Sun Dec 2nd through Sat the 8th, 2018 at Palais des Congrès de Montréal
It's been known that word embeddings trained by popular methods (e.g. word2vec) show a strong bias towards popular words, and that the frequency information is strongly encoded in the embedding vector at the expense of semantic similarity of rare words. This paper is an attempt to alleviate this issue using adversarial training. The authors borrow the DANN architecture to train 'frequency agnostic' word embeddings. The resulting embeddings are shown to better encode semantically similar rare words and improve performance on downstream tasks (word similarity, LM training and machine translation). The paper is clearly written. Both the qualitative and quantitative evaluations are of high quality. I'm convinced that the method really works to improve rare word representations. It is also a noval application of adversarial training and has wide applicability. One question I still have which is unanswered in the paper is this: - It's clear that the adversarial loss mixes the frequent and rare words together in the embedding space. However, it is not clear why this method results in semantically similar rare words coming closer together. There is nothing in the method that does this directly. It could conceivably be the case that rare words are mixed together with popular words, while still being far from their semantic neighbors. If the "why" question was better answered, I would be much more confident in my rating. Other: it would be good to see fig 1 and the full table 7 in supplementary material be reproduced with the new model
*Summary: This paper presents a simple regularization technique for word embeddings. The core idea is adding an adversarial loss which is recently widely used in many NLP papers as mentioned in this paper submission. The authors define two frequency-based domains: major words and rare words. The proposed approach is easy to use and seems helpful in improving accuracy of several NLP tasks. *Strengths: - The frequency-based analysis on word embeddings is interesting and motivates this work well. - The method is easy to follow, although we have to additionally tune a few hyperparameters (the frequency threshold and the coefficient for the additional loss). - The method leads to consistent improvements upon the baselines on the NLP tasks used in their experiments. *Weaknesses: - Figure 1 and 2 well motive this work, but in the main body of this paper I cannot see what happens to these figures after applying the proposed adversarial training. It is better to put together the images before and after applying your method in the same place. Figure 2 does not say anything about details (we can understand the very brief overview of the positions of the embeddings), and thus these figures could be smaller for better space usage. - For the LM and NMT models, did you use the technique to share word embedding and output softmax matrices as in ? The transformer model would do this, if the transformer implementations are based on the original paper. If so, your method affects not only the input word embeddings, but also the output softmax matrix, which is not a trivial side effect. This important point seems missing and not discussed. If the technique is not used, the strength of the proposed method is not fully realized, because the output word embeddings could still capture simple frequency information.  Inan et al., Tying Word Vectors and Word Classifiers: A Loss Framework for Language Modeling, ICLR 2017. - There are no significance test or discussions about the significance of the score differences. - It is not clear how the BLEU improvement comes from the proposed method. Did you inspect whether rare words are more actively selected in the translations? Otherwise, it is not clear whether the expectations of the authors actually happened. - Line 131: The authors mention standard word embeddings like word2vec-based and glove-based embeddings, but recently subword-based embeddings are also used. For example, fasttex embeddings are aware of internal character n-gram information, which is helpful in capturing information about rare words. By inspecting the character n-grams, it is sometimes easy to understand rare words' brief properties. For example, in the case of "Peking", we can see the words start from a uppercase character and ends by the suffix "ing", etc. It makes this paper more solid to compare the proposed method with such character n-gram-based methods [2, 3].  Bojanowski et al., Enriching Word Vectors with Subword Information, TACL.  Hashimoto et al., A Joint Many-Task Model: Growing a Neural Network for Multiple NLP Tasks, EMNLP 2017. *Minor comments: - Line 21: I think the statement "Different from classic one-hot representation" is not necessary, because anyway word embeddings are still based on such one-hot representations (i.e., the word indices). An embedding matrix is just a weight matrix for the one-hot representations. - Line 29: Word2vec is not a model, but a toolkit which implements Skipgram and CBOW with a few training options. - The results on Table 6 in the supplementary material could be enough to be tested on the dev set. Otherwise, there are too many test set results. * Additional comments after reading the author response Thank you for your kind reply to my comments and questions. I believe that the draft will be further improved in the camera-ready version. One additional suggestion is that the title seems to be too general. The term "adversarial training" has a wide range of meanings, so it would be better to include your contribution in the title; for example, "Improving Word Embeddings by Frequency-based Adversarial Training" or something.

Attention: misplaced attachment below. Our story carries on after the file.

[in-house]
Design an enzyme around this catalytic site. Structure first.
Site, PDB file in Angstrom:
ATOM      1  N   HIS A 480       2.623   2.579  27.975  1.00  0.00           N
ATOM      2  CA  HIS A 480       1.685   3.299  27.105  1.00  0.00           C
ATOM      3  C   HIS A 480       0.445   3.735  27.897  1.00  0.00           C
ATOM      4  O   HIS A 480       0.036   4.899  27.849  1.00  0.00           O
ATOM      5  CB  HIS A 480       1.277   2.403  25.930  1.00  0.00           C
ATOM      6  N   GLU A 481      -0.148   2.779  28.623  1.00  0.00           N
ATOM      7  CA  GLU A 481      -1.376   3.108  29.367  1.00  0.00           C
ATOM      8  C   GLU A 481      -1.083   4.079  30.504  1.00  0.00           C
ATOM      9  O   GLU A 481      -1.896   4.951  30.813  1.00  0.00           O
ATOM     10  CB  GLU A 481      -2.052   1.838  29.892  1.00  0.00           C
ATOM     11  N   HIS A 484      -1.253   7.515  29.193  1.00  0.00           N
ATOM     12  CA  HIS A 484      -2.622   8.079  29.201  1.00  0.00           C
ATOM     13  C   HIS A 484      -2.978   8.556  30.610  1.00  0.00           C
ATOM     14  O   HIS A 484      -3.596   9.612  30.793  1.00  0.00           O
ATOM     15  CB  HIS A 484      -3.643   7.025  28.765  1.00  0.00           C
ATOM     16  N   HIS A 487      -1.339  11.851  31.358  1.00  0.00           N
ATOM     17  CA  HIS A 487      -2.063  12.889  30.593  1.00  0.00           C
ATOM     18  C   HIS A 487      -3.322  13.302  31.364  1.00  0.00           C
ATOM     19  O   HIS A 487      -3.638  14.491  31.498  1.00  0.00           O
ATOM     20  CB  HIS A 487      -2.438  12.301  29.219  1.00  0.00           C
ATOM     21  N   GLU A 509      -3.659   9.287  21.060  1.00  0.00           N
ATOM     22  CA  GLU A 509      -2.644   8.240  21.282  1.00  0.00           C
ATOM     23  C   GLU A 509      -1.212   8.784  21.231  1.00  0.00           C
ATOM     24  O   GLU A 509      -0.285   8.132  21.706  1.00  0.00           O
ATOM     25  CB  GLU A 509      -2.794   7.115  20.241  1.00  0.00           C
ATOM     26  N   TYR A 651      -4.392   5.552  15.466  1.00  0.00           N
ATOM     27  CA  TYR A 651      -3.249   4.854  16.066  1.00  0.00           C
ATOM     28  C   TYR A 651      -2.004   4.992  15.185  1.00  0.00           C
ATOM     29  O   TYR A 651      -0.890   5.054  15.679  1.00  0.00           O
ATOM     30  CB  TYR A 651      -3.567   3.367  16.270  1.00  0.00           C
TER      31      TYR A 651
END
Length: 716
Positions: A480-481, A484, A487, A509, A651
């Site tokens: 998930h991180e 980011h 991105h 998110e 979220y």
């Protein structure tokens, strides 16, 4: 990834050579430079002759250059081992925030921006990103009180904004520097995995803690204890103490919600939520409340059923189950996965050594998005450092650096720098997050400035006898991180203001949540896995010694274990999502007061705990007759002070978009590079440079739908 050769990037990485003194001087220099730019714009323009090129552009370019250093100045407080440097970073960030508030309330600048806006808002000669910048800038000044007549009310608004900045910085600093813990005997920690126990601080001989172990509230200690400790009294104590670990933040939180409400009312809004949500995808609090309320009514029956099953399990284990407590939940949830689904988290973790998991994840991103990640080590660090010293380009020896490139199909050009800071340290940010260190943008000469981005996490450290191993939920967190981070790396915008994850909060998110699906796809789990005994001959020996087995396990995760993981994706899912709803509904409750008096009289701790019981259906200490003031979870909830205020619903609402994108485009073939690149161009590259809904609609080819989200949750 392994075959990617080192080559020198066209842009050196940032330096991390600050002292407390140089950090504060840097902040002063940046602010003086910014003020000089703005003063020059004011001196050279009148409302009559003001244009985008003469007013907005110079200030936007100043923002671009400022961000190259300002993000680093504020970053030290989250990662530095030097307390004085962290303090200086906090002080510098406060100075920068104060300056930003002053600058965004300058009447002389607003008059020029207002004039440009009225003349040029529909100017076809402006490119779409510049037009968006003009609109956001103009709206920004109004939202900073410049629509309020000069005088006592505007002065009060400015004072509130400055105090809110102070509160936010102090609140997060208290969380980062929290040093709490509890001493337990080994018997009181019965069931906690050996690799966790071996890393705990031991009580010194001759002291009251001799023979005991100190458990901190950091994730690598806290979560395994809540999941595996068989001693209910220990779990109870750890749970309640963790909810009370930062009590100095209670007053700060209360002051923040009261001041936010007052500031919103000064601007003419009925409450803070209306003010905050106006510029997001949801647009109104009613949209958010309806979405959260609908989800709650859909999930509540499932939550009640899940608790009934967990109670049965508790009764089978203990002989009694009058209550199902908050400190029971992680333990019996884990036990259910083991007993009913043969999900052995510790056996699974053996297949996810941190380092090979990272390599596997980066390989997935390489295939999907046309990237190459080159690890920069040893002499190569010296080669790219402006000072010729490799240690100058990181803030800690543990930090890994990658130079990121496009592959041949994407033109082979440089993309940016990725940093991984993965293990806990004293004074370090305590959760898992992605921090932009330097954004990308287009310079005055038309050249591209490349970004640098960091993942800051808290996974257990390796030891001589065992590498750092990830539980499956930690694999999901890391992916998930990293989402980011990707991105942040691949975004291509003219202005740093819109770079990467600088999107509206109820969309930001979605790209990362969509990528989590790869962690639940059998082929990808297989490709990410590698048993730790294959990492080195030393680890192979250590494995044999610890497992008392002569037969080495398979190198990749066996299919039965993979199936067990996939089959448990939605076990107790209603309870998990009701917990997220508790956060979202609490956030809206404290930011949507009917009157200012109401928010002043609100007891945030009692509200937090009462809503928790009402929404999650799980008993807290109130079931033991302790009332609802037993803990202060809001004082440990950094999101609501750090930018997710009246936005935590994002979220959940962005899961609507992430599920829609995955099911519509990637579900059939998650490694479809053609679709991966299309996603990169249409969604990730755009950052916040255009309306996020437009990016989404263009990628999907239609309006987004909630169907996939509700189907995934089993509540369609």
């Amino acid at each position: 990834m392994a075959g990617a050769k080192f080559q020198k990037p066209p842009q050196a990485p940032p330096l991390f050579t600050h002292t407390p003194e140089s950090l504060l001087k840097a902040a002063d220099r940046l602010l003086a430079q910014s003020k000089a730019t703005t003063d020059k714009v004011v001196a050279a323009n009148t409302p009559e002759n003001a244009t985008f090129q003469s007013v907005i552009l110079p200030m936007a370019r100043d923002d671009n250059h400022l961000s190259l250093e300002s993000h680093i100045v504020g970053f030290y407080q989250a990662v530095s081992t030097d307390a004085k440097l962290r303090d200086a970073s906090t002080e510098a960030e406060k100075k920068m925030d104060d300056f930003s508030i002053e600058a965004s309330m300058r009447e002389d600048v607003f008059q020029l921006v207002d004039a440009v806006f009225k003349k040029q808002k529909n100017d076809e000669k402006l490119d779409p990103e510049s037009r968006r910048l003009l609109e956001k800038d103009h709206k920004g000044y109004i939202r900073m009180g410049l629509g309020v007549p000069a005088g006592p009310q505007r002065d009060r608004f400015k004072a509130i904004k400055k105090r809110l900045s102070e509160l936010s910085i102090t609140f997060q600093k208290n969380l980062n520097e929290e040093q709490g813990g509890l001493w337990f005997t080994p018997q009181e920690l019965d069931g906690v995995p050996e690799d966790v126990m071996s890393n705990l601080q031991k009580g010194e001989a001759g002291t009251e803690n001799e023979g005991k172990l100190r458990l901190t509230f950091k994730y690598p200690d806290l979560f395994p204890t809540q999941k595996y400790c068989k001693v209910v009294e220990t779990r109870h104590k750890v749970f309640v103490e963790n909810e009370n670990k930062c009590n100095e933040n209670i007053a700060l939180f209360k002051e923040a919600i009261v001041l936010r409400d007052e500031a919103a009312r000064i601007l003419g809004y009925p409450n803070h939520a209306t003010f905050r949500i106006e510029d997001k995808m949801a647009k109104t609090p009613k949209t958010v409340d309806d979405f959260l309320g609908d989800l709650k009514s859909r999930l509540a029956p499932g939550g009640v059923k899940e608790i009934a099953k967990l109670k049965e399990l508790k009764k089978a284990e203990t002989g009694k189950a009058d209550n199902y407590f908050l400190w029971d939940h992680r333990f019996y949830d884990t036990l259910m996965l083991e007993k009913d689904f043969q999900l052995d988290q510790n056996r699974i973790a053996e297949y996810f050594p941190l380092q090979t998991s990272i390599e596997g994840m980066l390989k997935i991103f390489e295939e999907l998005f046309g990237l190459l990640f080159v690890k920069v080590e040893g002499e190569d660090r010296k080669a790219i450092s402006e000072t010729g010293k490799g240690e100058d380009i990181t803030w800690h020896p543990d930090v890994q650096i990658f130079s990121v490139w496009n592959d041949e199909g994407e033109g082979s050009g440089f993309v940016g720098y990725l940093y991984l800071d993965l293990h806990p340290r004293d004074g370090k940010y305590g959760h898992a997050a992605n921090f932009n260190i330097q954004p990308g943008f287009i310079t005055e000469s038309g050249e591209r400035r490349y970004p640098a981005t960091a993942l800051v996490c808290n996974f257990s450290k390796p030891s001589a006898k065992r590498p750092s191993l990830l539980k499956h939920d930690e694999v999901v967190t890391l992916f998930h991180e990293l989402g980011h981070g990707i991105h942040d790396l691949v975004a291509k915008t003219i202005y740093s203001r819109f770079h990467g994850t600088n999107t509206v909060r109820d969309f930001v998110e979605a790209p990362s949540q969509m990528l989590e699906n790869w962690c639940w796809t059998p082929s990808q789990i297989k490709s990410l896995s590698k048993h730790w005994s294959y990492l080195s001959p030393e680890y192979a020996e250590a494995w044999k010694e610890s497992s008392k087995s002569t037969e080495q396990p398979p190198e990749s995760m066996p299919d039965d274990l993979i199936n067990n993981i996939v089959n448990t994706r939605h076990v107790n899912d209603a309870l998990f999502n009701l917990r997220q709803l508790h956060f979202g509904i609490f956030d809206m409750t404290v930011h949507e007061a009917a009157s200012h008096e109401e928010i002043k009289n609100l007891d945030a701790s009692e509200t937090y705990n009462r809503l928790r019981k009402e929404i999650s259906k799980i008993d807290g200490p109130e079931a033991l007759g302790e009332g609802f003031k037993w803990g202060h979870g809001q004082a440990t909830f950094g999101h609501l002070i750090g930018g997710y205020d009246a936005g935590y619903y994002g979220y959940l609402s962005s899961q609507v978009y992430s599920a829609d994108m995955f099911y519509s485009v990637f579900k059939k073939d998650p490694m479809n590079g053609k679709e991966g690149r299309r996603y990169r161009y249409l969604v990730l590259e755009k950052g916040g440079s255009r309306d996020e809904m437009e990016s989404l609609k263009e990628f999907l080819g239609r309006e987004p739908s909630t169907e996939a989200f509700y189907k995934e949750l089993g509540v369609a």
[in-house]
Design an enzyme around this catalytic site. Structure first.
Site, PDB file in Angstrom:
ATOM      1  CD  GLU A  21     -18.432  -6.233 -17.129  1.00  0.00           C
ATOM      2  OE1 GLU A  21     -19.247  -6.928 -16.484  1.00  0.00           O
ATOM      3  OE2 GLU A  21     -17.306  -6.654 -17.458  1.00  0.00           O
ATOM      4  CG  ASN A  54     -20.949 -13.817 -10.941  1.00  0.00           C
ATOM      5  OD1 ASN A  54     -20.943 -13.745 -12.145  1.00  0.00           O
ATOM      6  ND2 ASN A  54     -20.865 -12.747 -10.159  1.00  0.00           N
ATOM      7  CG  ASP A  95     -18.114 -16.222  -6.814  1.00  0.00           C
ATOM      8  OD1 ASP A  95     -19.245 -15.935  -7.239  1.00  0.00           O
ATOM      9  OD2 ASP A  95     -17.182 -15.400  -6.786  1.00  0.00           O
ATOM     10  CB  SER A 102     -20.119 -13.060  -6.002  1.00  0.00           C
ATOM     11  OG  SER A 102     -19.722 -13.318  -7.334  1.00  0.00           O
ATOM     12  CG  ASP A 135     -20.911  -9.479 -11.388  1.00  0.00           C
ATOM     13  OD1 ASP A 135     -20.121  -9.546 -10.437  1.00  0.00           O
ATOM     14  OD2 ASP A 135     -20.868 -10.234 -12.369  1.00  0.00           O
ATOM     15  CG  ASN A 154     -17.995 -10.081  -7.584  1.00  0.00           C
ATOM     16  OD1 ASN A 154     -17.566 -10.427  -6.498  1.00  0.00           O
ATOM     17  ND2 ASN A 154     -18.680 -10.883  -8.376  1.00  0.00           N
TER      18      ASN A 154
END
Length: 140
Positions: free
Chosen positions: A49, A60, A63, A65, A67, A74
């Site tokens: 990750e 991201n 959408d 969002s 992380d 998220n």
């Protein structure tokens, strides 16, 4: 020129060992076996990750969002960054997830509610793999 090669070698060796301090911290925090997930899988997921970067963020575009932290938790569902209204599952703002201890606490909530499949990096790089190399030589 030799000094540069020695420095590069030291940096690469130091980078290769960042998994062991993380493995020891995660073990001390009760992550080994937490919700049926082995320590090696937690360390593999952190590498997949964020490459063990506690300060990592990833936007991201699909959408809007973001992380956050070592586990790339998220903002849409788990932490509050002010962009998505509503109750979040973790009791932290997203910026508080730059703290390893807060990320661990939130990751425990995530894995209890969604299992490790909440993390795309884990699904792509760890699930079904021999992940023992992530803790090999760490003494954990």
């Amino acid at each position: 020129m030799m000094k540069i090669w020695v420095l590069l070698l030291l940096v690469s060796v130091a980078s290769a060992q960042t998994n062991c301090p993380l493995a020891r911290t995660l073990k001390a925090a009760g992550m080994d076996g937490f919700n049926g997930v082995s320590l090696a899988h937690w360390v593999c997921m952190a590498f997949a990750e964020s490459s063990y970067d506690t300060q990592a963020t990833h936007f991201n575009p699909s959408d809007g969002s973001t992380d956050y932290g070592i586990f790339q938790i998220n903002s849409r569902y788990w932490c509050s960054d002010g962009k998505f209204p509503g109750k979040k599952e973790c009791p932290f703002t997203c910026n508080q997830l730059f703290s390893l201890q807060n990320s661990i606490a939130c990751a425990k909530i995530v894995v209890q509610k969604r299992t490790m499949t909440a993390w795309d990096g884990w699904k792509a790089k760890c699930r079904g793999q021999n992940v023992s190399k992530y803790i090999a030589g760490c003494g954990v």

The authors propose a learning framework to improve the word embedding. They start from studying a common phenomenon in popular word embedding models such as word2vec and Glove model, i.e., the rare words usually do not have semantically related neighbors because of their low frequency in the corpus. This phenomenon is also reported in the paper "All-but-the-top: Simple and effective post processing for word representations(ICLR 2018)." However, this paper (ICLR 2018) simply eliminates the common mean vector of all word vectors and a few top dominating directions from the word embedding. To address this problem, the authors introduce a discriminator in the learning framework to categorize word embedding into two classes: rare words or popular words. For each specific NLP task, this learning framework includes two parts: a task-specific model and a discriminator. The learned word embedding not only minimizes the task-specific training loss but also fools the discriminator. The experimental results demonstrate their framework. It’s not the first time that people introduce the adversarial training into NLP tasks. In "Professor forcing: A new algorithm for training recurrent networks(NIPS 2016)" and "Word translation without parallel data(ICLR 2018)", the authors both adopted the adversarial training, but from different aspects. This paper mainly focuses on the word embedding, which is different from the previous work. The strength of this paper is that the experiments nicely demonstrate the effectiveness of the proposed approach. Also, the paper is well organized and well written. However, my concern is whether the training process will converge and achieves an equilibrium effectively. This paper will be more convincing if the authors could analyze and conduct experiments on this issue. I believe the contribution of this paper is important and I recommend this paper to be accepted.